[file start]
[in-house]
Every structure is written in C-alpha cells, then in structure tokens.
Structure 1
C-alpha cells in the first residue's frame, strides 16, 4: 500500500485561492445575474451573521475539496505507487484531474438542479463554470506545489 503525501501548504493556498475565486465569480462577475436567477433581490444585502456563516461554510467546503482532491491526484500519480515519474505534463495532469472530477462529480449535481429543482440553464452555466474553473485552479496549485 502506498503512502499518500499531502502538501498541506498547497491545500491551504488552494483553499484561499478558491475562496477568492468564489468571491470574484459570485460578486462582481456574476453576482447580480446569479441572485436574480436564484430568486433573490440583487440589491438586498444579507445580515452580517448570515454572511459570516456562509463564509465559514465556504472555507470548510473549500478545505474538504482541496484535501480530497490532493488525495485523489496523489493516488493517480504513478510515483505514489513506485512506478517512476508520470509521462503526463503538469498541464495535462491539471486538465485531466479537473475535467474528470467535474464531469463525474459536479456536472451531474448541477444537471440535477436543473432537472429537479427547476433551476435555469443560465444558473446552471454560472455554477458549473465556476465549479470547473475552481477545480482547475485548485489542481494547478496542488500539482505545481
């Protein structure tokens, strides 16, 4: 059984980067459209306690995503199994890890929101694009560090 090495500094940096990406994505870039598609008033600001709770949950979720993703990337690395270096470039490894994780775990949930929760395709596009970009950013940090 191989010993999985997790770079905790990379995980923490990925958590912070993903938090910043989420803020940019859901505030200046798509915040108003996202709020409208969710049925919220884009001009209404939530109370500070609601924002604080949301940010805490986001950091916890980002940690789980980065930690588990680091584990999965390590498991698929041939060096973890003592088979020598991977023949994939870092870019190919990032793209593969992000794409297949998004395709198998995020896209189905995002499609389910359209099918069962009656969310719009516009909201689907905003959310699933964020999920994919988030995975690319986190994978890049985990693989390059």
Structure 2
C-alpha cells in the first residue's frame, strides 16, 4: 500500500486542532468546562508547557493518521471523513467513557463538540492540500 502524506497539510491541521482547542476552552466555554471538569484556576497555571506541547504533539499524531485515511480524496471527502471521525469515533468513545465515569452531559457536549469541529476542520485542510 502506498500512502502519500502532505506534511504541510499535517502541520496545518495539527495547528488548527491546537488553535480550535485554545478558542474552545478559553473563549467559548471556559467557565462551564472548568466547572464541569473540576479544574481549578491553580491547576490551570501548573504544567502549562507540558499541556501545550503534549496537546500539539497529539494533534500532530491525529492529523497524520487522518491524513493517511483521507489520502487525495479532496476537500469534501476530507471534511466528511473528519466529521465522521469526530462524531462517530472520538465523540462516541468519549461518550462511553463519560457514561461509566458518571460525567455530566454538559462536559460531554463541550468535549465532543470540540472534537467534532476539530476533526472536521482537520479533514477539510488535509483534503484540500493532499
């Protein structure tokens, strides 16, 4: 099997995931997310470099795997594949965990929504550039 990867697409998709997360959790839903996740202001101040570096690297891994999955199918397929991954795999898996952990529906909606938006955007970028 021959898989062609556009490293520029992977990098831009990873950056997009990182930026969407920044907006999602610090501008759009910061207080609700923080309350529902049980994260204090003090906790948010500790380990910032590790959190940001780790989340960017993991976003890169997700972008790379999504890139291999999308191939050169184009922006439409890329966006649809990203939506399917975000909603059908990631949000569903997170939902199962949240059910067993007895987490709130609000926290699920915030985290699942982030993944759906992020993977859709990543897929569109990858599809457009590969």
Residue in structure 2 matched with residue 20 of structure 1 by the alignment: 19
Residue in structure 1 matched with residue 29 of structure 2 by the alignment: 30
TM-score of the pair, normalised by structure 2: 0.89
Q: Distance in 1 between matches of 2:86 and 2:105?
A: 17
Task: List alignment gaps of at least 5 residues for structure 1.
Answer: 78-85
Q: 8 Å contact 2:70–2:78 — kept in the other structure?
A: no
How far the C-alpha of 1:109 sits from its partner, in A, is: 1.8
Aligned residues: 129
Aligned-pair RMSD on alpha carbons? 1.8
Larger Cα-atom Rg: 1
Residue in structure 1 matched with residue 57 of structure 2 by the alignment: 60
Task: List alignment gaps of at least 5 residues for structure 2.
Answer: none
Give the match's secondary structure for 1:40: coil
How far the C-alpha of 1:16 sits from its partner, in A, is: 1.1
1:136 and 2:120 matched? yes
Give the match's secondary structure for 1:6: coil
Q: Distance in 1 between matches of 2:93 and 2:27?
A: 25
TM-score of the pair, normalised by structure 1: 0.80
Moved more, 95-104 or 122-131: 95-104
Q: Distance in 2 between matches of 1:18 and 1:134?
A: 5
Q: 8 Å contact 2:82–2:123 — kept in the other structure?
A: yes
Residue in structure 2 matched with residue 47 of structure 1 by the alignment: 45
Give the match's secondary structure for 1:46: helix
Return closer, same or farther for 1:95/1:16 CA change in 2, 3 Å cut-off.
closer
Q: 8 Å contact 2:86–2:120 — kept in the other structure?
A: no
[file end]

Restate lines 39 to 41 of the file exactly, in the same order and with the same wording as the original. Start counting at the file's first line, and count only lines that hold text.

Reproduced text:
Return closer, same or farther for 1:95/1:16 CA change in 2, 3 Å cut-off.
closer
Q: 8 Å contact 2:86–2:120 — kept in the other structure?